It Takes Some Patients: Nursing at the NHS

When I sat down to chat with Mandy Baker she immediately told me she was nervous: “You should be interviewing a musician or something. I’ve got nothing good to say.” The small, dark-haired woman was clearly far too modest. Mandy has worked as a nurse since she was 17 years old and has stayed in her demanding job, working unsocial hours, through proposed NHS cuts and nurses being criticised in the press.

“It’s been a long time… about 38 years,” she commented, but she was still as upbeat as I imagined she was when she was just starting out at 17. The seemingly shy nurse told me that when she starts her shift she is all confidence: “When I’m working I’m not like this at all. I know exactly what I’m doing.”

Mandy works in a small minor injury unit near the Forest of Dean, but has done a few different types of nursing: “I’ve done operating theatres, nursing homes, casualties and a little bit of ward work, which I didn’t enjoy. My favourite was working in the operating theatre because it’s fairly high-pressure and technical.”

Although Mandy can enjoy the high-pressure aspect, working as a nurse can get too stressful for some, leading to negligence. There have been many stories in the press in recent years about the misconduct of NHS nurses. For example, in January Scotland’s Chief Nursing Officer, Fiona McQueen, came forward about rude behaviour she has encountered from staff in some of Scotland’s healthcare facilities. There is concern over nurses being demoralised, though she also mentioned that for the most part she was proud of the work nurses are doing. Mandy believes that we should “take each case on individual merit.” She of all people understands the stress that NHS staff members have to deal with: “Staff shortages have put even more pressure on nurses. They’re told to do all these tasks and are constantly forced to spread themselves too thin and I think some people just can’t cope, and then that’s when bad things happen.”

These staff shortages are part of a larger problem the NHS has with their budget. Mandy observed, “I can see they have to cut back, but I don’t know how they are going to do that. Everything the NHS spends money on is surely just as important as the next.”

As part of the strategy to cut NHS costs, the government plan to replace student bursary with loans. Many, including Mandy, fear that this will deter many from considering a career as a nurse or midwife: “I think they should keep the bursary,” she asserted. “When I was a student we got paid and the students nowadays still have to work long placement hours. They don’t get long holidays and lots of time-off like most university students.”

A recent review into improving efficiency in the NHS suggested that improving staff productivity by five minutes every shift could save the NHS millions of pounds a year. When I asked Mandy her opinion on this she said in her experience, nurses are working to their full potential, though she could only speak for her department. However, she proposed other ways to save nurses time that are out of their control. “The computer systems of different units and trusts aren’t linked. So, if a patient has recently been seen in a different place (even if they’ve come in about the same issue), we have to keep repeating investigations and making new notes. There should be an NHS UK so we’re all connected and our systems work together.”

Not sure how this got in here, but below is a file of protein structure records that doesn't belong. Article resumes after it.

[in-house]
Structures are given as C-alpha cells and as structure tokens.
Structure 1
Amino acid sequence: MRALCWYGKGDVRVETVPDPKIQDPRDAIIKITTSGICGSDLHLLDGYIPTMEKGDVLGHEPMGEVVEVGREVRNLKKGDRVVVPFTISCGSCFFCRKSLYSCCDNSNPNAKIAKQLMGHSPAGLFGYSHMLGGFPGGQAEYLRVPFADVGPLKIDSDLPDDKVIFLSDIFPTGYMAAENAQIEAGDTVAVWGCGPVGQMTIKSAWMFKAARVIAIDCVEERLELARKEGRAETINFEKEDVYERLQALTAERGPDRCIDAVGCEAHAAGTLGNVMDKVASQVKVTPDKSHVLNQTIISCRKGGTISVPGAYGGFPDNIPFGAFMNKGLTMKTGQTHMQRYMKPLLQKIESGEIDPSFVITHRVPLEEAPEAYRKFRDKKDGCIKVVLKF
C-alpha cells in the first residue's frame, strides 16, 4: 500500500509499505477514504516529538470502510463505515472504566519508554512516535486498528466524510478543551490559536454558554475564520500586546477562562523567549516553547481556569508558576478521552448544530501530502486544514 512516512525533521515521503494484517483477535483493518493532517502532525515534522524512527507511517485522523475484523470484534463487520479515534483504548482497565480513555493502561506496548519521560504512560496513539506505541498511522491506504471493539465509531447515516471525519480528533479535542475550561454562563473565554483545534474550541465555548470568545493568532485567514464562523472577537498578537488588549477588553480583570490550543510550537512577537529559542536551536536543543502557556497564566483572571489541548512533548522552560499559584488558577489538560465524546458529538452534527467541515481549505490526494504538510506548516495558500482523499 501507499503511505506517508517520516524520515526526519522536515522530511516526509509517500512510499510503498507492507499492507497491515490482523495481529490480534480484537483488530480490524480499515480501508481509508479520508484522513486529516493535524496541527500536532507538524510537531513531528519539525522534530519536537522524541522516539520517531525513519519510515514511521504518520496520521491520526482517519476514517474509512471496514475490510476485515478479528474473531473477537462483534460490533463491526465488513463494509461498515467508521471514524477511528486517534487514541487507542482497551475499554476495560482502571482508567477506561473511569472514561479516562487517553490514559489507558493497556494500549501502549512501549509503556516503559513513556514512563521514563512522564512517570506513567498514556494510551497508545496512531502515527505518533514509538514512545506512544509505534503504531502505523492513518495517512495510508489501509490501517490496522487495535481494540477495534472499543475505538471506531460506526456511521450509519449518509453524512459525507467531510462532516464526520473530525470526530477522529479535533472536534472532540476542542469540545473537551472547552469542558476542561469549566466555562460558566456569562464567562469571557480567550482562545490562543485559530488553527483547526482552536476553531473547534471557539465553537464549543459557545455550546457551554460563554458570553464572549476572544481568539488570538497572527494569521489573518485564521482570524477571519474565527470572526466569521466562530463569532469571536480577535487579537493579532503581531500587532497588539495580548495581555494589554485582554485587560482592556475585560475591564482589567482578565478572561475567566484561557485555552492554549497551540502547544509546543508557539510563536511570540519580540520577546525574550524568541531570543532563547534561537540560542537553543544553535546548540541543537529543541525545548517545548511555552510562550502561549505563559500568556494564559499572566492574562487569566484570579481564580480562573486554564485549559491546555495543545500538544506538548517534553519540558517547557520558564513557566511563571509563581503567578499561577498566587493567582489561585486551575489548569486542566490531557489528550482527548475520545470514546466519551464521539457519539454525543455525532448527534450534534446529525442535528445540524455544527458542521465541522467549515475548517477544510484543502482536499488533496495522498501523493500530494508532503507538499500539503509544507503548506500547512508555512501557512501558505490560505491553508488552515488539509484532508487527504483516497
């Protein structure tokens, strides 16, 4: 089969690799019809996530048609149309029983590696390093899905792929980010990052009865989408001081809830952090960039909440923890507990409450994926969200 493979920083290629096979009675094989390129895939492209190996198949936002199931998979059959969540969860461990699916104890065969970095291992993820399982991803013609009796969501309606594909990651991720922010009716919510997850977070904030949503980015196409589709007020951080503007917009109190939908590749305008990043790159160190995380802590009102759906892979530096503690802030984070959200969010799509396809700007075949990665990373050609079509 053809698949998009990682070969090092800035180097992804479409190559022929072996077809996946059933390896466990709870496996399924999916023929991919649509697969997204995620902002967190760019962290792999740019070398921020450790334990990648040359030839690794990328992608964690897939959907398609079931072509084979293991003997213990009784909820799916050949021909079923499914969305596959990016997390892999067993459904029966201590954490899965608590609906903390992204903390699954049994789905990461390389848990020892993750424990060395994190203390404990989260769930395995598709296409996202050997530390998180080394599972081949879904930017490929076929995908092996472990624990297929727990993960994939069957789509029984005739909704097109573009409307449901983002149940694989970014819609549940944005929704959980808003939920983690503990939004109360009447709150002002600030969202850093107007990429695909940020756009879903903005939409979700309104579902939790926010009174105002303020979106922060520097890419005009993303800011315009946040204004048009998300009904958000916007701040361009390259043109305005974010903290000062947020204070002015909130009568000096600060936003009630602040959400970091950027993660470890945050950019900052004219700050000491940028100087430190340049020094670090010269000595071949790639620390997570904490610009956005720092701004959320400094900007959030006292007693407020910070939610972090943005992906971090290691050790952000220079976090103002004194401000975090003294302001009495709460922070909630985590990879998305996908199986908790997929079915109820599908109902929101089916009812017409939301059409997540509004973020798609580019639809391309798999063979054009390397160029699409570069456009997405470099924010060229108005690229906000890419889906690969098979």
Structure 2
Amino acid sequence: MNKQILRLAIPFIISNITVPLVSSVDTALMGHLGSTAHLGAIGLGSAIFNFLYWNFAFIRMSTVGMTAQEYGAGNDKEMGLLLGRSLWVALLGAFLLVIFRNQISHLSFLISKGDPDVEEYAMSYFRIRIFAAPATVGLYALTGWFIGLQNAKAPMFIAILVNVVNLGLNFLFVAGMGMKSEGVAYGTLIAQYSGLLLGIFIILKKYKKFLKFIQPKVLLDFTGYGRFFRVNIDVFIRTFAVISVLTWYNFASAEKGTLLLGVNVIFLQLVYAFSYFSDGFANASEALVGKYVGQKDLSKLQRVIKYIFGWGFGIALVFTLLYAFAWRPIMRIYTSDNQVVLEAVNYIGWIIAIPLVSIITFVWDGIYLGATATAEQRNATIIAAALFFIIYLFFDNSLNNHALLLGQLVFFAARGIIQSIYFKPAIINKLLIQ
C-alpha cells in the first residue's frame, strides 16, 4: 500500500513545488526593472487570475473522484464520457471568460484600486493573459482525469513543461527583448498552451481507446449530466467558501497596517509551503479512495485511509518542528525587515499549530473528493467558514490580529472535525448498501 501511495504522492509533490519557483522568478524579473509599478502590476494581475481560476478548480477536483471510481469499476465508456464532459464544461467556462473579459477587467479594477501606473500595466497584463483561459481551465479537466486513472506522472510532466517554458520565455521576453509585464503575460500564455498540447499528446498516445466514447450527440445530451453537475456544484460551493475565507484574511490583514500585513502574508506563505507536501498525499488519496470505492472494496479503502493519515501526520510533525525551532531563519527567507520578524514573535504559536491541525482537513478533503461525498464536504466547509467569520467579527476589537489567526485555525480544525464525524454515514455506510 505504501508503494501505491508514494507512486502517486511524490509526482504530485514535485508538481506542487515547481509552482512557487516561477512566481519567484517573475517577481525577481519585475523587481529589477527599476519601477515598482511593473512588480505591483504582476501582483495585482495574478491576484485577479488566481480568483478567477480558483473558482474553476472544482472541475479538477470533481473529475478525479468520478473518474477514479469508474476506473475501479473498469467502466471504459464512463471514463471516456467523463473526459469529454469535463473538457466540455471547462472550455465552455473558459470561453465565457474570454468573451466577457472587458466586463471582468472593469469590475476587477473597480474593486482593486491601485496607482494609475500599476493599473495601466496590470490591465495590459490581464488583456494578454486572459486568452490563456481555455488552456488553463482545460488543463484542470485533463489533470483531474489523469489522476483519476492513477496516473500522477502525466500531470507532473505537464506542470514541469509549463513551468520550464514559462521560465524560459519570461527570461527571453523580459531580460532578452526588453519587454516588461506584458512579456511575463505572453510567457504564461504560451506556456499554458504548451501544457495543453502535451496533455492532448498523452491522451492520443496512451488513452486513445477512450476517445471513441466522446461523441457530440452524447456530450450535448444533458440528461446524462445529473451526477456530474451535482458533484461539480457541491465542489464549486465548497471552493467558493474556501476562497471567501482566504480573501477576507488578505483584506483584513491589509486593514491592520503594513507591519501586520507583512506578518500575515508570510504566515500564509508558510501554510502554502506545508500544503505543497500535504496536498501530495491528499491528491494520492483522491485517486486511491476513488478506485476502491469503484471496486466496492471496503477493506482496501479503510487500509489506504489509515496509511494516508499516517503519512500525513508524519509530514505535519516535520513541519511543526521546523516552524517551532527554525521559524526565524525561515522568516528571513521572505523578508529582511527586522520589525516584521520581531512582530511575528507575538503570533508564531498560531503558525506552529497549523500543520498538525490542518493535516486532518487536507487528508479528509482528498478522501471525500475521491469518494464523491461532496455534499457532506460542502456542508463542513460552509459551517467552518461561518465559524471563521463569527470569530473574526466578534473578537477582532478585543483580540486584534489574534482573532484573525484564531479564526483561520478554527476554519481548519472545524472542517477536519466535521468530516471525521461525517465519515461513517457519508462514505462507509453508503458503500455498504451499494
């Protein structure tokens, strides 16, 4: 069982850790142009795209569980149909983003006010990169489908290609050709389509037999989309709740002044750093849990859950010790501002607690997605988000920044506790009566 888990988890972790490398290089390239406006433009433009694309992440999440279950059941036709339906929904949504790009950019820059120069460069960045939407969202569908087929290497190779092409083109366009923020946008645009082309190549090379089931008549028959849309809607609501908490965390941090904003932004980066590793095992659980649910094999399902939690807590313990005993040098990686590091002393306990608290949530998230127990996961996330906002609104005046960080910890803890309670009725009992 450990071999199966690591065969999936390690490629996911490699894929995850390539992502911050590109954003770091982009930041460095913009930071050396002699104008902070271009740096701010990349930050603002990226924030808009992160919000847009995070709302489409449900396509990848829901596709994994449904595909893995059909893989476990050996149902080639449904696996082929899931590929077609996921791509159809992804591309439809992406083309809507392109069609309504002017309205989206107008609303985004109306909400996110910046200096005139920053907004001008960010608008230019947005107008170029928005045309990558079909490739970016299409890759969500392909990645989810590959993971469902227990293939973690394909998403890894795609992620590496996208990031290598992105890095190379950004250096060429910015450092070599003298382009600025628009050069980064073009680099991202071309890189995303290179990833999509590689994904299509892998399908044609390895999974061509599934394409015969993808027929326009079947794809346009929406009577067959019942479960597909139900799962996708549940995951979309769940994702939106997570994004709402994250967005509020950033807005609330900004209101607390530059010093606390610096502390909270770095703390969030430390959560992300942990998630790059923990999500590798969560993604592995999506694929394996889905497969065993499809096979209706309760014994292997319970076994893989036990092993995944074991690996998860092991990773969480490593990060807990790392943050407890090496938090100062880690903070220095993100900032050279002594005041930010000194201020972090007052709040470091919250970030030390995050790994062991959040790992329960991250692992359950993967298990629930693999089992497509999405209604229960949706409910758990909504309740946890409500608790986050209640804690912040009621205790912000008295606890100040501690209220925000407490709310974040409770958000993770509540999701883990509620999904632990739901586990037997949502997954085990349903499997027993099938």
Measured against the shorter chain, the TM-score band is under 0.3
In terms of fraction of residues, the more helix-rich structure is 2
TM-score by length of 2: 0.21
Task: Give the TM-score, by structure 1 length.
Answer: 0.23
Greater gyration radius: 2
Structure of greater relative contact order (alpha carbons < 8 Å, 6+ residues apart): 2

Simple problems like this would make anyone wonder about the structure of the NHS. I asked Mandy if she felt that the management in the NHS know what nurses and doctors want/ need: “I assume they do have clinical staff, like nurses, advising them. But I would like some of the higher up management to come and see what really goes on in hospitals and other units, because sometimes I don’t think they know.”

Another area of healthcare professions that has been highlighted in the press lately is working unsocial hours. Health Secretary Jeremy Hunt has proposed that doctors unsocial pay be taken away, causing many junior doctors to strike. Mandy said: “I really feel for doctors, if that happened to nurses’ pay, no one will want to work the unsocial hours. The extra pay is most people’s only motivation to work those hours. I also think Jeremy Hunt doesn’t work until 11 and if he did, I’m sure he would expect a lot more money.”

When asked if she will keep working as a nurse Mandy said that she’s enjoyed her time as a nurse very much but “I’ve been a nurse for so long now,” she giggled. “So, I am planning on retiring soon because I can at 55 years old and then I might work part time… I know I’ll probably miss it.”

After seeing her dedication to her work I was surprised to learn that Mandy had never wanted to be a nurse: “I wanted to be a policewoman,” she laughed at the memory. “My sister was a nurse… I saw her books one day and thought ‘Oh yeah, I think I could do this’, so I applied.”

Mandy’s made many memories during her time working as a nurse, but said that the thing that sticks with her the most is an incident that happened about 10 years ago. She was in the middle of a shift when a man came in complaining of chest pain: “He suddenly collapsed and we resuscitated him and brought him back to life… every year on the day we saved him he comes in to bring us a box of chocolates. Which is very nice.” It’s amazing to think of the impact you can have on a patient’s life as a nurse or a doctor.

“Although, he hasn’t come for the last few years, so I think he might be dead now.”


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